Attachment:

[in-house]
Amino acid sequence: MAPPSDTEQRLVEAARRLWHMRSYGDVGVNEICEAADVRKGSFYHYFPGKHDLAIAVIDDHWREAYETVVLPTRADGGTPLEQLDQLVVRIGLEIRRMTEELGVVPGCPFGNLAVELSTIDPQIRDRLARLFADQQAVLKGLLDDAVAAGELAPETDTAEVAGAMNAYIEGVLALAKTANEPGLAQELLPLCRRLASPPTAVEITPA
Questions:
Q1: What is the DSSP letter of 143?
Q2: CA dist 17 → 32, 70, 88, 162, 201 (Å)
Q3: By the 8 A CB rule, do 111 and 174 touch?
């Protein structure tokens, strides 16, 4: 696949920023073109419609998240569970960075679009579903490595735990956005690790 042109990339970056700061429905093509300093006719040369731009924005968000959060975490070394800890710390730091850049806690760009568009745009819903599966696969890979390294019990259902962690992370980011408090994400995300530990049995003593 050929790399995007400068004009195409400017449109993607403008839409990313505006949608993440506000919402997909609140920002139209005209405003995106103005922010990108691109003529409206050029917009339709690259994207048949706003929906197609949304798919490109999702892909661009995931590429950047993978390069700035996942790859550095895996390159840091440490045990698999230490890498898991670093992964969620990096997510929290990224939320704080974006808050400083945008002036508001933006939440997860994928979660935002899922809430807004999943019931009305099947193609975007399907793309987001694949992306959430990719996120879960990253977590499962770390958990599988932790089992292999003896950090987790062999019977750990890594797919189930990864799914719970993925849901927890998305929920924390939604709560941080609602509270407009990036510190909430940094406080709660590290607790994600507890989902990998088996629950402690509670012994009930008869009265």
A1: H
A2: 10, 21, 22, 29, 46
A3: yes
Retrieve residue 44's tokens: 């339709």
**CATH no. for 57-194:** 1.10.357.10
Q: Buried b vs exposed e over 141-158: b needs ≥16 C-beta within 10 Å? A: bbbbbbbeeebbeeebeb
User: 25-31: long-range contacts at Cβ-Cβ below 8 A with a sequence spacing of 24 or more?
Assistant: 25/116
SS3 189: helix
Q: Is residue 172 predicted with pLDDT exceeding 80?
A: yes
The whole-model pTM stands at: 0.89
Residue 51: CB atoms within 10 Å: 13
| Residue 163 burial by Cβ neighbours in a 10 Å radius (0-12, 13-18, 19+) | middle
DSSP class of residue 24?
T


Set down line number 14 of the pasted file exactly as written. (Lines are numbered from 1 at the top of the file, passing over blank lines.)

User: 25-31: long-range contacts at Cβ-Cβ below 8 A with a sequence spacing of 24 or more?